But I think one thing that's drawn in bold relief by this is that the political operatives, the oppo researchers, the administration attack poodles, and the press itself have become so completely trivial that they don't see the difference between Abu Ghraib and John Edwards' haircuts. It's another aspect of the Rove Legacy: it's all about the next election, and information about American atrocities and war crimes is to be suppressed for the same reasons that one leakes "news" about Edwards' haircuts to one's favorite assassin: damage at election time. There's no moral issue involved in corruption, torture, war under false pretenses -- it's only that it could damage your prospects at the polls.

That's the real tragedy.

Saturday, October 20, 2007

Pearl-Clutching as Political Theater

I've been meaning to post something about Rep. Pete Stark and his germane and, from my point of view, quite restrained remarks about the Preznitsy, S-CHIP, and frat boys who like to blow up frogs. Barbara O'Brien has done it better than I could.

A thought on this whole syndrome: So many in the blogosphere wonder why the media so faithfully parrot the faux everything coming out of the right while blowing off the real issues and the real stories. Part of it, of course, is that they're completely out of touch with the rest of the country. They'll publish poll results, but those results have no meaning to them -- totally outside their frame of reference, which is whatever comes out of the corridors of power is news. The "corridors of power" in their minds are still firmly Republican, so nothing commonsensical makes any sense to them. I suspect that's what's behind a lot of what the Democratic leadership is doing, too -- they're still locked in 2004.

They're all playing to each other.

As for Pete Stark -- we need another couple hundred like him.


Steve Benen at TPM has the right take on the right-wing hysteria over Stark's comments:

In other words, by throwing a fit, Republicans end up looking weak and hysterical. Indeed, it reinforces the least flattering GOP caricature of all -- these guys can't govern, but they can fall onto a fainting couch like nobody's business.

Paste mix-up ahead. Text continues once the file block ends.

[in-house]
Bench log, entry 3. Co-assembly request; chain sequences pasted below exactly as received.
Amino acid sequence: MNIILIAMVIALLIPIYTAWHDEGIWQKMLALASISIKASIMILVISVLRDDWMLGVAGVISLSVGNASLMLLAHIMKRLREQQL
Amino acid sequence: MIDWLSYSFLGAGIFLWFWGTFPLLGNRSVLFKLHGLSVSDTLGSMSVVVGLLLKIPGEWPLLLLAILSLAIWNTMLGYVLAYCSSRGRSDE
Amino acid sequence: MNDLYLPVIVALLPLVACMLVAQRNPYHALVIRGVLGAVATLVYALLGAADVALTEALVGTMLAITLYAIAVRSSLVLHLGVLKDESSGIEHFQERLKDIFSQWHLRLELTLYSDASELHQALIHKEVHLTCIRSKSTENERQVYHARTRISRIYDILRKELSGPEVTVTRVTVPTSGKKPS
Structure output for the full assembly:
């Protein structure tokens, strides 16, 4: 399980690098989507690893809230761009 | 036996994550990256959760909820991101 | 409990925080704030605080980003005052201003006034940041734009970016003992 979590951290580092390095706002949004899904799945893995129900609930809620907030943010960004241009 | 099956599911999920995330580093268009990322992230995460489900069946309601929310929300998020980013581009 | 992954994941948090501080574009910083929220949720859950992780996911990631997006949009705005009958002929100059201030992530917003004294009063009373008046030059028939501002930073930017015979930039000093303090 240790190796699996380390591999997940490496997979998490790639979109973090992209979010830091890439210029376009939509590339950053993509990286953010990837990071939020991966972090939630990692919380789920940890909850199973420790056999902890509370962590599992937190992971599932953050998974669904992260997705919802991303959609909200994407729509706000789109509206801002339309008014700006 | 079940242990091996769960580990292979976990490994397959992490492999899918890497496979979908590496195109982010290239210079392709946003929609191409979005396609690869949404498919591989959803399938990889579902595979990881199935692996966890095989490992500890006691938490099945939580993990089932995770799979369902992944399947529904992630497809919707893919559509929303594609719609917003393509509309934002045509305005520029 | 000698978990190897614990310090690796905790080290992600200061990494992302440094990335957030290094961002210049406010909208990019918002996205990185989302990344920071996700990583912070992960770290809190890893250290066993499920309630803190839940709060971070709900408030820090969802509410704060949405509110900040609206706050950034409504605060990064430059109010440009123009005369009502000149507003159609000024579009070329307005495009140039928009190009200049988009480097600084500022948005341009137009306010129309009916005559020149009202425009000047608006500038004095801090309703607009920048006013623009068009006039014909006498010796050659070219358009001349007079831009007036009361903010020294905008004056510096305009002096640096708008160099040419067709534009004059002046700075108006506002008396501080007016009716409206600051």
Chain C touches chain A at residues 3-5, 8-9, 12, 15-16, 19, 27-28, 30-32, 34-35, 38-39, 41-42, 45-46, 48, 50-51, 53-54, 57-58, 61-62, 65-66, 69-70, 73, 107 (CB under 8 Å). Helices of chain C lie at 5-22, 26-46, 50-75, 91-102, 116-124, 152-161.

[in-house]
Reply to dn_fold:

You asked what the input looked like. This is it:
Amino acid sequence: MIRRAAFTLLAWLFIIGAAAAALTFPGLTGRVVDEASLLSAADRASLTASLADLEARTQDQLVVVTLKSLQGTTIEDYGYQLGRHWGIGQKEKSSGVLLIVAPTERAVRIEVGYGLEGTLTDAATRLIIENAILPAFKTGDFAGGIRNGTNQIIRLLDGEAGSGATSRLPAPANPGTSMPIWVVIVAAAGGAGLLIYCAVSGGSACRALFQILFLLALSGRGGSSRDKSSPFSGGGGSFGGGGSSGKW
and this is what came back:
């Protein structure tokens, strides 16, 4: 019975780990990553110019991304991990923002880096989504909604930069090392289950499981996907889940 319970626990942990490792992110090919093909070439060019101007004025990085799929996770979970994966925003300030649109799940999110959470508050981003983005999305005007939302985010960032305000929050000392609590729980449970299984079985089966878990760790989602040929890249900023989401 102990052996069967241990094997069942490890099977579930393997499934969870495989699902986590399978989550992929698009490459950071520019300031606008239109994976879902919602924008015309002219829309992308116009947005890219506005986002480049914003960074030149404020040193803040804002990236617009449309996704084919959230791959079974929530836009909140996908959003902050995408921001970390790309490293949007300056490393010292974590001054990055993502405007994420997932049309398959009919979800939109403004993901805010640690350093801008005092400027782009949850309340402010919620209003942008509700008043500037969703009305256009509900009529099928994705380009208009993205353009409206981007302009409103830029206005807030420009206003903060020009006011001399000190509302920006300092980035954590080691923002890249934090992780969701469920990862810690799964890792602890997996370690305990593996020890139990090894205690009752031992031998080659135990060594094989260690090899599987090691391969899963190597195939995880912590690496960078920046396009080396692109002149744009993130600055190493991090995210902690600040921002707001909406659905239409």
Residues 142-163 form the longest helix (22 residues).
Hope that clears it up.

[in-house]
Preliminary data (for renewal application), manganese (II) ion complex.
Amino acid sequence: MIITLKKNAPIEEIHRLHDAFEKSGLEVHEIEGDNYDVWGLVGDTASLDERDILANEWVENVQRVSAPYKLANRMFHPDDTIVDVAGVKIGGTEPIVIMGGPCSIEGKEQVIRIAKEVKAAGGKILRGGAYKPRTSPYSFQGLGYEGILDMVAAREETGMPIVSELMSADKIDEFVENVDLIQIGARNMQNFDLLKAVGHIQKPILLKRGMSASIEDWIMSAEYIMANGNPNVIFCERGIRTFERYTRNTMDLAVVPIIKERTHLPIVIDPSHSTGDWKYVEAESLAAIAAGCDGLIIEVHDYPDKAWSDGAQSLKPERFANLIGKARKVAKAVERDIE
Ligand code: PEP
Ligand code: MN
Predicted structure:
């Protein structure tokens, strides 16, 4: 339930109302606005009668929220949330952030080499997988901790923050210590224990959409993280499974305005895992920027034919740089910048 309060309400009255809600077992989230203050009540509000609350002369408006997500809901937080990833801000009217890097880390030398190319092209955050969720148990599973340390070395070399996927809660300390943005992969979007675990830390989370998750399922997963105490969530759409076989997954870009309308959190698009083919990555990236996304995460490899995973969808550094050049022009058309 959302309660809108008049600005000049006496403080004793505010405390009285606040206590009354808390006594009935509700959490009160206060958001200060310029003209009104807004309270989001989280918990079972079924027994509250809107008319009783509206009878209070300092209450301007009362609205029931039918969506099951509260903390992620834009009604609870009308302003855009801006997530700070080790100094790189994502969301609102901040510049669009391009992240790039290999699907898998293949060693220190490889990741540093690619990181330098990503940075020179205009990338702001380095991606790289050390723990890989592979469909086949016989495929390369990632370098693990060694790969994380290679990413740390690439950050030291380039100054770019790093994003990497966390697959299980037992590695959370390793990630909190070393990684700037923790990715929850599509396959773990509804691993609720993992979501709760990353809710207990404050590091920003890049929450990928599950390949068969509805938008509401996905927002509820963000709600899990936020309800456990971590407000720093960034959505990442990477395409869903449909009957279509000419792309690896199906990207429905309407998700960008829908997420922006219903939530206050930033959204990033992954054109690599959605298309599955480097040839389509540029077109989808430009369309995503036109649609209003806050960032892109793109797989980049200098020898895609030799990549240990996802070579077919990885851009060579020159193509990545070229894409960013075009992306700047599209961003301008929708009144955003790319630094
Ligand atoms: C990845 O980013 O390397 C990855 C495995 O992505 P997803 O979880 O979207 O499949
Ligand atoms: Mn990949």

For years, Republicans worked to create the opposite reputation. They're tough. This is the macho "daddy party." They don't care about "political correctness" and wussies who cry over words that rub people the wrong way. This is a crowd that calls it like they see it, and doesn't look bad or apologize.

And yet, they've now spent the better part of a year trembling over mild rebukes from liberals. If Democrats were smart, they'd look at this as an opportunity to rebrand the GOP as pathetic cry-babies who can barely go a week without throwing a hissy fit over one manufactured outrage or another.

Unfortunately, the Democrats don't seem to be that smart. After all, as Atrios reminds us periodically, these are all Very Serious People, and so their manufactured vapors must be Serious, too.


I ran across a couple references to this story; the most comprehensive so far is Pam Spaulding's coverage at Pam's House Blend at at Pandagon. Trayce Hansen, Ph.D. or not, is a disgrace to the profession. She is, however, a prime example of the kind of sneaking dishonesty that forms the core of the anti-gay lobby. A relatively sophisticated reader looking at Hansen's comments would realize that there is no science behind them at all, notwithstanding her flouting her credentials as a licensed clinical psychologist. (Word to the wise -- if you live in San Diego, look for another therapist. Especially if you are a human being.) Actually, reading her article (appearing, of course, on the "Christian" News Wire) is enough to make you want to puke:

The accumulated wisdom of over 2,000 years has concluded that the ideal marital and parental configuration is composed of one man and one woman. Arrogantly disregarding such time-tested wisdom, and using children as guinea pigs in a radical experiment, is risky at best, and cataclysmic at worst.

Same-sex marriage definitely isn't in the best interest of children. And although we empathize with those homosexuals who long to be married and parent children, we must not allow our compassion for them to trump our compassion for children. In a contest between the desires of some homosexuals and the needs of all children, we can't allow the children to lose.

In other words, all the fanatical religious right hogwash gets bruited about again. I've actually e-mailed Hansen with a (cleaned-up) reaction to her piece, pointing out that it is fundamentally dishonest and completely misrepresents the reality of same-sex parenting. This, of course, is the standard right-wing tactic: there's no legitimate argument here, so let's preach the controversy. It's devious, it's dishonest, and somehow they never question their own morality while they're going it.

Spaulding posts a rebuttal from a real psychologist. It's right on point, scathing, and altogether terrific. Read it.

A New Public Media, A New Media Policy